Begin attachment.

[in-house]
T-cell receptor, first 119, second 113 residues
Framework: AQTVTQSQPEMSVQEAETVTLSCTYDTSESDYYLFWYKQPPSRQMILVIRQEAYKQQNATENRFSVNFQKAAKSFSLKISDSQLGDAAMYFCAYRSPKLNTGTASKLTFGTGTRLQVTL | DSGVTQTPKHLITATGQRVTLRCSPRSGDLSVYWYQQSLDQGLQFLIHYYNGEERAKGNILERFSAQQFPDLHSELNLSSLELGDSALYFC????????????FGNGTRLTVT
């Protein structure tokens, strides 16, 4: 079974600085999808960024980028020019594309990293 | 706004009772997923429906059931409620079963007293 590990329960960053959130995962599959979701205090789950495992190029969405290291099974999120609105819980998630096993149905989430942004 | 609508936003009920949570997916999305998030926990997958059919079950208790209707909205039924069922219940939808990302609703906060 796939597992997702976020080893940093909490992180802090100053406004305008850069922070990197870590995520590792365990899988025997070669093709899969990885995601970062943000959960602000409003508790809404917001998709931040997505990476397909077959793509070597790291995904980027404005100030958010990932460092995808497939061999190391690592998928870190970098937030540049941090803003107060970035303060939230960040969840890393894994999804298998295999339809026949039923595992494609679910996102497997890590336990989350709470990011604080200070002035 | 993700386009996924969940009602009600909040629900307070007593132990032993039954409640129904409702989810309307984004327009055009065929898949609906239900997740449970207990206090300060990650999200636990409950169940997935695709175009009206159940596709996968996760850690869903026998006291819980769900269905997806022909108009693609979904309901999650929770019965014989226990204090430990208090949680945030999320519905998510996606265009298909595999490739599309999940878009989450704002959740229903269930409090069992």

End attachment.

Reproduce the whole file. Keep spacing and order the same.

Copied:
[in-house]
T-cell receptor, first 119, second 113 residues
Framework: AQTVTQSQPEMSVQEAETVTLSCTYDTSESDYYLFWYKQPPSRQMILVIRQEAYKQQNATENRFSVNFQKAAKSFSLKISDSQLGDAAMYFCAYRSPKLNTGTASKLTFGTGTRLQVTL | DSGVTQTPKHLITATGQRVTLRCSPRSGDLSVYWYQQSLDQGLQFLIHYYNGEERAKGNILERFSAQQFPDLHSELNLSSLELGDSALYFC????????????FGNGTRLTVT
């Protein structure tokens, strides 16, 4: 079974600085999808960024980028020019594309990293 | 706004009772997923429906059931409620079963007293 590990329960960053959130995962599959979701205090789950495992190029969405290291099974999120609105819980998630096993149905989430942004 | 609508936003009920949570997916999305998030926990997958059919079950208790209707909205039924069922219940939808990302609703906060 796939597992997702976020080893940093909490992180802090100053406004305008850069922070990197870590995520590792365990899988025997070669093709899969990885995601970062943000959960602000409003508790809404917001998709931040997505990476397909077959793509070597790291995904980027404005100030958010990932460092995808497939061999190391690592998928870190970098937030540049941090803003107060970035303060939230960040969840890393894994999804298998295999339809026949039923595992494609679910996102497997890590336990989350709470990011604080200070002035 | 993700386009996924969940009602009600909040629900307070007593132990032993039954409640129904409702989810309307984004327009055009065929898949609906239900997740449970207990206090300060990650999200636990409950169940997935695709175009009206159940596709996968996760850690869903026998006291819980769900269905997806022909108009693609979904309901999650929770019965014989226990204090430990208090949680945030999320519905998510996606265009298909595999490739599309999940878009989450704002959740229903269930409090069992």